in the isolated perfused intestine of rainbow trout: nystatin, vanadate, and novel CO2-sensitive
components. Nanotoxicology, in press (posted online Oct. 2012).
Impact factor 7.84; 13/94 in the SJR ranking of all toxicology journals.
3. Shaw, B. J., Al-Bairuty, G. and Handy, R. D. (2012) Effects of waterborne copper
nanoparticles and copper sulphate on rainbow trout, (Oncorhynchus mykiss): Physiology
and accumulation. Aquatic Toxicology, 116-117, 90-101.
Impact factor, 4.225; 3/94 in the SJR ranking of all toxicology journals.
4. Fraser, T. W. K., Reinardy, H. C., Shaw, B. J., Henry, T. B., Handy, R. D. (2011) Dietary
toxicity of single-walled carbon nanotubes and fullerenes (C60) in rainbow trout
(Oncorhynchus mykiss). Nanotoxicology, 5 (1), 98-108.
Impact factor 7.84; 13/94 in the SJR ranking of all toxicology journals.
5. Ramsden, C. S., Smith, T. J., Shaw, B. J., and Handy, R. D. (2009) Dietary exposure to
titanium dioxide nanoparticles in rainbow trout, (Oncorhynchus mykiss): No effect on
growth, but subtle biochemical disturbances in the brain. Ecotoxicology: 18, 939-951.
Impact factor 3.185; 10/94 in the SJR ranking of all toxicology journals.
6. Handy, R. D., Cornelis, G., Fernandes, T., Tsyusko, O., Decho, A., Sabo-Attwood, T., Metcalfe,
C., Steevens, J. A., Klaine, S. J., Koelmans, A. A. and Horne, N. (2012a) Ecotoxicity test
methods for engineered nanomaterials: practical experiences and recommendations from
the bench. Environmental Toxicology & Chemistry, 31, 15-31.
Impact factor 2.847; 5/94 in the SJR ranking of all toxicology journals.
Details of the impact
The impact of our research since 2008 has been to highlight the hazards built on the substantial
impact that had become apparent from 2006 and the effect of using the emergent technology of
nano-ecotoxicology in agricultural systems. Prior to 2006 there was no cohesive international effort
on the environmental hazards of nanomaterials. Our impact has been to help establish a new
scientific community on nano-ecotoxicology/chemistry involving government, industry, consultancy
and academia; building and developing a consensus view on hazard, fate, and effects. An early
consensus report was deliberately published independently, i.e., not from any one governmental
regulatory agency or industry, as an unbiased view from the grass-roots scientific community.
Through our invitation by the Office of the President of the United States to act as an external
advisor to the US National Nanoscience (NNI) funding initiative, we were able to influence the
European Commission in establishing the NanoSafety Cluster, and Handy was instrumental in
setting up the US-EU ``cores of research' aimed at international data sharing. A further consensus
report involving the SETAC Nano-advisory group was published in 2012.
As a result of these seminal reports and the emergence of the new scientific discipline of nano-ecotoxicology,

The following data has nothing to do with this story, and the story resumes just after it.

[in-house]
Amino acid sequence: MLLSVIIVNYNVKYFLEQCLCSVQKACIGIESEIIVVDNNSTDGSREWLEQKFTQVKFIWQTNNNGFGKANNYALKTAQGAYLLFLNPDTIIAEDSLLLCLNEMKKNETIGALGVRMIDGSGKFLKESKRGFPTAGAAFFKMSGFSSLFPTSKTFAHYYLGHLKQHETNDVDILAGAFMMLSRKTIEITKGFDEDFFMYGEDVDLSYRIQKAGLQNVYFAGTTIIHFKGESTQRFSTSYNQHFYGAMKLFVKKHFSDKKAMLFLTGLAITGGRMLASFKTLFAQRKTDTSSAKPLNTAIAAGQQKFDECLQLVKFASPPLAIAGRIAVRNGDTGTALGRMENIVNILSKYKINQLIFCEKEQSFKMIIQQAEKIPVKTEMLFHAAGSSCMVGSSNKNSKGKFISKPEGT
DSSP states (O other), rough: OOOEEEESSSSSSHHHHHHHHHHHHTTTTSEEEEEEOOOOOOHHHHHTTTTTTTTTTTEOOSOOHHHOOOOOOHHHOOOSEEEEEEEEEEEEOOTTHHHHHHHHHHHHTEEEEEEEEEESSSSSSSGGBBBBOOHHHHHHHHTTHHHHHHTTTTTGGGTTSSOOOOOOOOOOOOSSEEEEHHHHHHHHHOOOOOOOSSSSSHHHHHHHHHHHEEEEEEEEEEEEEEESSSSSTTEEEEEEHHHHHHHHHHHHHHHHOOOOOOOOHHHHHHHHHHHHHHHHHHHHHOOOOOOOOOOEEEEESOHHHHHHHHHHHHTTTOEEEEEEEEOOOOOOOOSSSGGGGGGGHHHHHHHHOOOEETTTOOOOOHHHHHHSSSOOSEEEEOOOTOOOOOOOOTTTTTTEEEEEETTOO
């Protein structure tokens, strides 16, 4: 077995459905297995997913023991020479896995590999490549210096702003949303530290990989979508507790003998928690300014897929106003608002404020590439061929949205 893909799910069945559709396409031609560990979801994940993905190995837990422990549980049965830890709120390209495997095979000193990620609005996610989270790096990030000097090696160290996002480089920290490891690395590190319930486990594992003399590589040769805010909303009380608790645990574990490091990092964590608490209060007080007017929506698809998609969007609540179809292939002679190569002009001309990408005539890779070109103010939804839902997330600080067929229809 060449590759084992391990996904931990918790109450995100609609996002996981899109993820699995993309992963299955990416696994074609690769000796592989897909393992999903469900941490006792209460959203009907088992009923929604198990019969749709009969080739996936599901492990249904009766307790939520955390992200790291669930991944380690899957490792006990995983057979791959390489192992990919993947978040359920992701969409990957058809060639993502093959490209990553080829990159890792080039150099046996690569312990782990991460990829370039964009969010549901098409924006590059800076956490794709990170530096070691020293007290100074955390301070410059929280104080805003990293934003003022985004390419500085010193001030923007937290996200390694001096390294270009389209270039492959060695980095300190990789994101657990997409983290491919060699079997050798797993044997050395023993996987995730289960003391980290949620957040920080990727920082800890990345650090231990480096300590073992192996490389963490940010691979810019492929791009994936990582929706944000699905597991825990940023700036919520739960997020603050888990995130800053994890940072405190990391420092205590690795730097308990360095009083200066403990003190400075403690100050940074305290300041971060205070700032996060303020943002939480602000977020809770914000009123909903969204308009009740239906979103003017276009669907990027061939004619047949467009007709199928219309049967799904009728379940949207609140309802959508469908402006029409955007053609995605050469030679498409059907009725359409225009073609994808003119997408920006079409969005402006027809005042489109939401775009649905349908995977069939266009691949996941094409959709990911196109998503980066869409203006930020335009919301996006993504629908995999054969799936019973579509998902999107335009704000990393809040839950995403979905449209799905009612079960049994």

we were invited to prepare a report for DEFRA on test methods for nanomaterials
that set out the validation problems around testing nanomaterials. This showed that the UK/EU
hazard assessment strategy urgently needed modification, and was subsequently used by DEFRA
to argue the case for testing strategies with the EU Working Party on Manufactured Nanomaterials
(WPMN). As a result, the international community has agreed that there is a problem with testing
methods and an international sponsorship programme of testing by the OECD was commissioned
involving members of the International Organisation for Standardization (ISO).Our impact has
included OECD guidance documents. This reported in 2012. In the UK, this work and a paper by
Owen and Handy (2007) raised nanoscience as a priority research funding issue; leading to a
National Nanoscience call from NERC led by Owen, and with Handy on the UK task force.
Subsequently, the testing method issues were included in the Framework 7 call in Europe. Our
research and consensus-building report was used in a 2010 Report by the Australian Department
of the Environment, Water, Heritage and the Arts;. and in Reports from the Royal Commission on
Environmental Pollution (2008),) and the House of Lords Science and Technology Committee
The regulatory testing activities that have emerged from this work are directed at Governments
across the EU and North America who are required to implement the regulatory process enabling
the registration of new products, and industry now has official guidance on how to collect data to
support their product registrations. This is an absolute requirement as registration of new products
(such as nano crop protection products) cannot proceed without the appropriate testing dossier.
Specifically, our research and testing methods have been used in a Report by the Dutch Food and
Environmental Safety Agency (2009) and in official guidance documents on test methods from the
OECD, and our expertise has led to our direct involvement in writing regulatory guidelines (OECD,
2010; 2012). These documents are shared in the US by ISO, and so the impact of our knowledge
is global across both government and industry. This application of our technical knowledge is on-going